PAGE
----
Rose and Gregory, both Columbia University professors meet when Rose's sister answers Gregory's "personals" ad. Several times burned, the handsome-but-boring Gregory believes that sex has ... See full summary »
The life of Fanny Brice, famed comedienne and entertainer of the early 1900s. We see her rise to fame as a Ziegfield girl, subsequent career and her personal life, particularly her relationship with Nick Arnstein.
Hillary Kramer, successful Perfume magnate awakes one morning to find that her accountant has robbed her blind and left for South America. Going through all of her remaining assets she ... See full summary »
The Wingo family is from South Carolina, they growing up in a house on a tidal plain. The oldest offspring, Lucas, largely acted as the protector for his younger twins siblings, Tom and Savannah, in light of their dysfunctional growing up, with their shrimper father, Henry, distant and abusive if/when he did pay them any attention, and their mother, Lila, while not doting on them most concerned about appearances and striving for social standing. Now in middle age, Savannah is a New York based poet, Tom, still living on the South Carolina coast outside of Charleston with his wife Sally and their own three doting daughters, taking a break from his high school teaching/football coaching job, while Lucas has long since died while still standing up for himself and his beliefs. Lila, divorced and now remarried with that wealth and social standing she so long desired, receives news that Savannah is in the hospital following her most recent suicide attempt. Not wanting to face the blame ... Written by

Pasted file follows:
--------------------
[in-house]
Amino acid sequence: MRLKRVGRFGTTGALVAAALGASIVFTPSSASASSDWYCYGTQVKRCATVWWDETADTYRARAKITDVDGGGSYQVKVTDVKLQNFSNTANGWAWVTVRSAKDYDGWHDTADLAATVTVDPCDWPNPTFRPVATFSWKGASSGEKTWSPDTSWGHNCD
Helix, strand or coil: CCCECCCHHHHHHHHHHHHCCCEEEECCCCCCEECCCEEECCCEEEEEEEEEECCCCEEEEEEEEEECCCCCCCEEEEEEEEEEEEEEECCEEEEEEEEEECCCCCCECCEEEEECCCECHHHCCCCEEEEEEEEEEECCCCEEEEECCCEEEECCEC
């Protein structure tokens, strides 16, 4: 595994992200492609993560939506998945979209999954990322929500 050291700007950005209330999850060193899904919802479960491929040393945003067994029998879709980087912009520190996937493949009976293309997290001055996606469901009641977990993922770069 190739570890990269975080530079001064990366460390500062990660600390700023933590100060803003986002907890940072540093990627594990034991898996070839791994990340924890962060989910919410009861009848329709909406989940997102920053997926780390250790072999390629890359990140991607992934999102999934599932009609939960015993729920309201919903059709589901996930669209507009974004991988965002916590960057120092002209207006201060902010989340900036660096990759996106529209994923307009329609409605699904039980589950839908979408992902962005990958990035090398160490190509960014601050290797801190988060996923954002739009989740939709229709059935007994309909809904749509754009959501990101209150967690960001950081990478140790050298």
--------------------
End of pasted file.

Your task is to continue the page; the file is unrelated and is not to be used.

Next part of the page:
Barbra Streisand initially hired composer John Barry to score the film. Barry left the project because Streisand insisted that he move from New York to Los Angeles to work on the score, and Barry did not want to work with "someone constantly looking over my shoulder." Streisand hired James Newton Howard as the film's composer. Barry later retitled his "Prince of Tides theme as "Moviola," and released it on his 1992 album of the same name. See more »
When Tom is coaching, Bernard's dirty white t-shirt becomes clean between shots. See more »
You have to be patient with me, Lila. You've done a lot to piss me off.
See more »
The movie should have focused solely on the psychological make-up of the Nick Nolte character, Tom, or of his mother. Instead we gets tons of the usual New Yorker vs. Southerner dialogue, a silly romance between Nick and Barbra which serves no purpose, a pointless interaction of Tom with Lowenstein's son. The childhood events of Tom and his family were so intense that the secondary plots were fluff. On top of that, the "yelling" school of acting was sometimes employed. When you can't think of any good dialogue, simple have the actor rant and rave loudly way out of proportion to the issue discussed. Exactly what made Tom lose and gain back interest in his loving family was really important but not really explained.
24 of 44 people found this review helpful.
Was this review helpful to you?